My flight arrived to Raipur from Mumbai on time and I’m currently waiting for the ambulance/jeep from the hospital to pick me up for the 1.5 hour drive to Mungeli.
The morning went OK, only three hours of sleep but my body is still switching over to being 11.5 time zones away. The Daisy Residency hotel, described by my Indian host Anil as “that dingy little place,” stirred awake as I entered the lobby around 5:10 am. The desk attendant was sleeping on one of the lobby couches; the boy who had met me at the airport last night was asleep on the floor.
We chatted a bit – me with my non-existent Hindi, they with their non-existent English – and had a cup of tea together. Psy was on the TV, doing that Gangam style thing, then the channel switched and we were watching cricket – a sport I have yet to fully understand.
A quick ride on nearly deserted streets got me to the Mumbai airport with plenty of time to check in, get through security and grab a latte and veg roll for breakfast.
Speaking to a Brit in the boarding area who was headed to a different destination, we discuss our impressions of India. He works for a multinational personal care company with its biggest operations and gross sales in India. He’s been here dozens of times and we both agree on how different India is from anywhere else in the world. He also echoes what I read in the morning paper – many Indian business leaders are calling for less democracy, which for them often results in layers of bureaucracy, in business development practices.
On the surface this seems like the “smaller government is good” argument often levied by conservative and tea-party forces in the US against regulatory practices. Underneath the conservative/liberal argument the US may experience though is a highly entrepreneurial country that longs for expansion. I wonder aloud if deregulation, especially in terms of working conditions and environmental practices, might be bad for India in the long term. “Ah, there’s the rub…” he says, and we depart for our respective gates.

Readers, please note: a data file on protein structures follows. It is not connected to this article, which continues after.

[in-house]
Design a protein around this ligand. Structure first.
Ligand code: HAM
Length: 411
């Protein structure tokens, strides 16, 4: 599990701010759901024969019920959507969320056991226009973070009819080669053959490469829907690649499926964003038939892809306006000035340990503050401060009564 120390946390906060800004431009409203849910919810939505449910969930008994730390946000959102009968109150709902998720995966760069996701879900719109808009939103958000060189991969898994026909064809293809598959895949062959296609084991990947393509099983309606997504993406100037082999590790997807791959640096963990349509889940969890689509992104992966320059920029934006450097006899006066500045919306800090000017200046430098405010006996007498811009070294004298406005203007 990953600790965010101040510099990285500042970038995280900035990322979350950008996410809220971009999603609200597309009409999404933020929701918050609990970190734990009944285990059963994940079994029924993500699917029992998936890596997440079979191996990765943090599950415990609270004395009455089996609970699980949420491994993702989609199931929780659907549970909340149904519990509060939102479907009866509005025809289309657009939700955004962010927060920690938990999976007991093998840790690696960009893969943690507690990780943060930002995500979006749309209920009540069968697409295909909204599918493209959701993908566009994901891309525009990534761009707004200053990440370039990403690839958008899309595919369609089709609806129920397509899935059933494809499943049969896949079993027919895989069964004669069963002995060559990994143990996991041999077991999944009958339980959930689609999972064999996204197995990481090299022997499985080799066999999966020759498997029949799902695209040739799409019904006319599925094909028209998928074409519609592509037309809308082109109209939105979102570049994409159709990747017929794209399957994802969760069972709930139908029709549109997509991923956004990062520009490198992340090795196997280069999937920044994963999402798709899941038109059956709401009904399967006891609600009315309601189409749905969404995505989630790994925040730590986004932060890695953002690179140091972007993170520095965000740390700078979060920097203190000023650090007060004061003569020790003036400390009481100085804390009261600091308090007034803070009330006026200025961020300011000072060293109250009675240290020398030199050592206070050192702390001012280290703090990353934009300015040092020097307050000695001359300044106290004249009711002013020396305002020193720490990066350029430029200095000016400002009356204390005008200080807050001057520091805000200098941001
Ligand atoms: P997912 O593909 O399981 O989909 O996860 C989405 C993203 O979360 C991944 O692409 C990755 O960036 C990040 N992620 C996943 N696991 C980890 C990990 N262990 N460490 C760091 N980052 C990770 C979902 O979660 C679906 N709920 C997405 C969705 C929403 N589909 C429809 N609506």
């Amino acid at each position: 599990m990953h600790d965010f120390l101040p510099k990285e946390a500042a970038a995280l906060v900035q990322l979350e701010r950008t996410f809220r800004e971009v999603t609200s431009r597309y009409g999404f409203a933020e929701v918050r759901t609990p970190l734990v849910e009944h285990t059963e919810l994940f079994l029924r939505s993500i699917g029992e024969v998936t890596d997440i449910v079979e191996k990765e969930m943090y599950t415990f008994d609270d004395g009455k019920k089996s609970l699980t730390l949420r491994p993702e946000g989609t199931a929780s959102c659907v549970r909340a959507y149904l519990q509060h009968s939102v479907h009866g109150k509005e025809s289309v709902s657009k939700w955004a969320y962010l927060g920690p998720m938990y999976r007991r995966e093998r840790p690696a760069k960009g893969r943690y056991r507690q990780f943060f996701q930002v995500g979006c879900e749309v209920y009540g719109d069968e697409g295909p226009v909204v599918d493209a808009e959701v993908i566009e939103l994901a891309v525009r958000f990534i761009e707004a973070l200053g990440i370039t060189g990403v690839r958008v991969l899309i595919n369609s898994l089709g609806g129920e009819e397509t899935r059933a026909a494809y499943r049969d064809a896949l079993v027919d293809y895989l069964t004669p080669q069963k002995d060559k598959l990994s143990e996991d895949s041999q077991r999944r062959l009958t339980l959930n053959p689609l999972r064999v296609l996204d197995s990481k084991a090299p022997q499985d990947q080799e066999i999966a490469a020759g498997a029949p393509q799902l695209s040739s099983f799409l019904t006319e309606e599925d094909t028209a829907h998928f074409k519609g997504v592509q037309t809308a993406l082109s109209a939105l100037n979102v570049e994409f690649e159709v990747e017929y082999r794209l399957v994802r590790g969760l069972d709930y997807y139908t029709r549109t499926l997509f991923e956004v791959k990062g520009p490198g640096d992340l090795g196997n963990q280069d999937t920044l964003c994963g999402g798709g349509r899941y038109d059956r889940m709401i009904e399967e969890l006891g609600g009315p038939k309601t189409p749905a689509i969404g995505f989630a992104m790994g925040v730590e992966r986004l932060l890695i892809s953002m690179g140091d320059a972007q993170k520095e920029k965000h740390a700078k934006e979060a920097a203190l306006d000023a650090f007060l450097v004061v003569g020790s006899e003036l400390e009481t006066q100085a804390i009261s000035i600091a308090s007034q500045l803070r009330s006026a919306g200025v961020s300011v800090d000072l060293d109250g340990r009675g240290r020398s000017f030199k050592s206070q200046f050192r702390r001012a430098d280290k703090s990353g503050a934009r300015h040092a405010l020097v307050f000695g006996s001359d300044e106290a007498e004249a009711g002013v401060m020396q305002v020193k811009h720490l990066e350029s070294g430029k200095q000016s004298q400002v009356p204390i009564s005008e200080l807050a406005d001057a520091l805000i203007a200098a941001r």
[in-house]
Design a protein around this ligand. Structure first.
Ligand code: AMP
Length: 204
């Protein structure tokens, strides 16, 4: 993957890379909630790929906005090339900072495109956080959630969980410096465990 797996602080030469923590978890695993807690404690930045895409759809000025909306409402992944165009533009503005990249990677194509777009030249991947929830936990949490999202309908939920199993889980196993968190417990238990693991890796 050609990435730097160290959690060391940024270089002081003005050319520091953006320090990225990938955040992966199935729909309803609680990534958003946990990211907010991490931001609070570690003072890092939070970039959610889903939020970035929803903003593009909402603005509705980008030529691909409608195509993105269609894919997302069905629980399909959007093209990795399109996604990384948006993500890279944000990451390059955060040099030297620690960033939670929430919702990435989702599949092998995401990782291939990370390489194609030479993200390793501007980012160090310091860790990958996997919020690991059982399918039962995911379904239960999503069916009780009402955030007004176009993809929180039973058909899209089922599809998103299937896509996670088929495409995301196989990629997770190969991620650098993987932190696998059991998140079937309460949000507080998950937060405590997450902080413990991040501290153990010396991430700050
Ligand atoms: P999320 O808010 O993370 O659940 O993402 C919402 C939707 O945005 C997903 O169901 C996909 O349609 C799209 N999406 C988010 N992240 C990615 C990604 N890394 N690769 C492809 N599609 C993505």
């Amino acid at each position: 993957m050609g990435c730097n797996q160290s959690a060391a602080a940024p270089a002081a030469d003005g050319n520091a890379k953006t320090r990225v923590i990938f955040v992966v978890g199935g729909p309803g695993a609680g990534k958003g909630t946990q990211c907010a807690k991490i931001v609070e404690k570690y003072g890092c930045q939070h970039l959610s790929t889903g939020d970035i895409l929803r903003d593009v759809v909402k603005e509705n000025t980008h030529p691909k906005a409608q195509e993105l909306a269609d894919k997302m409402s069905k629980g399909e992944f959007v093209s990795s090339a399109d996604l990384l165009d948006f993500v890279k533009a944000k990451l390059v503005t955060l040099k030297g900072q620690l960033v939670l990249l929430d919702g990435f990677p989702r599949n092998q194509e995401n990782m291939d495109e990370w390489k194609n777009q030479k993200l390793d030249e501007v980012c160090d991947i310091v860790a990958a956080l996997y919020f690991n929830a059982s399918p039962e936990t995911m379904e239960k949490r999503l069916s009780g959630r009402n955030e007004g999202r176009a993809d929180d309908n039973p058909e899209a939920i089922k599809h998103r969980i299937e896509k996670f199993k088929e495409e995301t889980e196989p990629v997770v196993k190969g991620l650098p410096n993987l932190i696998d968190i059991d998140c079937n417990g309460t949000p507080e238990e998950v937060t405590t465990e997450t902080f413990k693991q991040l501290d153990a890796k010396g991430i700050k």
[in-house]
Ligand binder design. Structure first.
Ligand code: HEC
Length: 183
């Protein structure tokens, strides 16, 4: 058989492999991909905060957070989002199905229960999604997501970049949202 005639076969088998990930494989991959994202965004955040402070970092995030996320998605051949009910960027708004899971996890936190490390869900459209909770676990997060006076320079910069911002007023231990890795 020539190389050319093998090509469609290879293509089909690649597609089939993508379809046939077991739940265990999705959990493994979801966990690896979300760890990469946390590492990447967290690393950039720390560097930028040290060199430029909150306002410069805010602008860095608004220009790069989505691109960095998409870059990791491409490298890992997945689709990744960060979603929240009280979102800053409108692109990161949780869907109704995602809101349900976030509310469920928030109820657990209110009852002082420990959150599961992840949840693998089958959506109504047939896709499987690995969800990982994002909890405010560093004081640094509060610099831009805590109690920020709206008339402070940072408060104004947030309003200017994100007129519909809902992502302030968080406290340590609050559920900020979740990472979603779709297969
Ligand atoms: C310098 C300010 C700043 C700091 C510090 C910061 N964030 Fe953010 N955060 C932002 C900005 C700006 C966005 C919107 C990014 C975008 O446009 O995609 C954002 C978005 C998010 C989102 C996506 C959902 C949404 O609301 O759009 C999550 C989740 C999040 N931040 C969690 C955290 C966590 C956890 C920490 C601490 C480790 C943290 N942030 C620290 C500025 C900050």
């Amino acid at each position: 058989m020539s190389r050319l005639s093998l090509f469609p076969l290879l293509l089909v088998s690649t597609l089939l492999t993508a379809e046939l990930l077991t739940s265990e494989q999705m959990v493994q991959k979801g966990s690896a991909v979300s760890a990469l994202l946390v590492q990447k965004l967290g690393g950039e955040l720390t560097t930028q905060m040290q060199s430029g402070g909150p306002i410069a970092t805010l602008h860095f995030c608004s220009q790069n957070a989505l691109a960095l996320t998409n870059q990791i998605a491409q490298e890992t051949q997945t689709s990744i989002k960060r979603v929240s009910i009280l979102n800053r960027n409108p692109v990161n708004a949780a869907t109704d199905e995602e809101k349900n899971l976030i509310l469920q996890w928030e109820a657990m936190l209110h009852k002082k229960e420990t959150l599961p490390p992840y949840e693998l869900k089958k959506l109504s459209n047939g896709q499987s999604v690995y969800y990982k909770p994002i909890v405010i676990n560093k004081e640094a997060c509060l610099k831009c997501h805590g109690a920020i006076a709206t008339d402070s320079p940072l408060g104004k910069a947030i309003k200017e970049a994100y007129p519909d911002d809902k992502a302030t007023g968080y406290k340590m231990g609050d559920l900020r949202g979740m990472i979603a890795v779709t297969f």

So, here’s one thing you need to know about India if you plan to travel here. Prepare to have your personal space invaded. Prepare to have every socially normative personal distance norm you have accumulated throughout your North American life shattered. Prepare for people to touch you, hold you, rub you and otherwise make body contact with you in ways that would send you screaming back home. Prepare for big guys and tiny women to see you as the impediment between you and getting where the need to go no matter how impractical their progress may seem. And if they need to crawl over you, all sweaty and half-naked, that is not a problem for them. Though it will probably be a problem for you.
One friend described India as “a billion people with no concept of a queue,” and he is partially right. More importantly the queue, or line as we say in the US, is a social norm for keeping bodies separated by a polite distance. This social norm does not exist in most of Indian culture.
When you are standing in line getting ready to board the bus to your airplane in India, you are not really in line. You are in a herd, or a school of fish, that is eagerly orienting itself toward a common spot. You may or may not get there in the order that you started.
When you are sitting next to a large-ish man on an airplane, it is totally acceptable for him to splay himself over both armrests and expect you to rest your folded arms on top of him.
When you stand up to depart said plane, it is also totally acceptable – no matter how far back you are in the plane – to jostle your way as far forward as you can get, or until said large-ish man gives you a gentle but stern reminder that you may be offending the westerner standing next to him…
I was aware of this dynamic more during my last trip to India. This time, I hardly notice. There is a bit of “standing your ground” involved, but it isn’t in the American “this is my space” sort of way. It is a general assertiveness that pervades Indian culture and an Indian says it is partly a carry-over from a time where the caste system ruled the pecking, and line placement, order. When the caste system was abolished it granted impunity to lower castes who were suddenly able to “get their own” without fear of prosecution, though rampant persecution still exists.
Landing in Raipur I get my bag and find my favorite bicycle chain rimmed blue aluminum luggage tag is mission. The clasp was a screw and I guess it came undone, or someone in the Mumbai luggage really liked it. It has been on my bag for hundreds of flights. I will miss it dearly as it was #1) bicycling oriented and #2) unique enough that I could pick my bag out from all the other black “Travel Pro” bags on the conveyor. Bummer.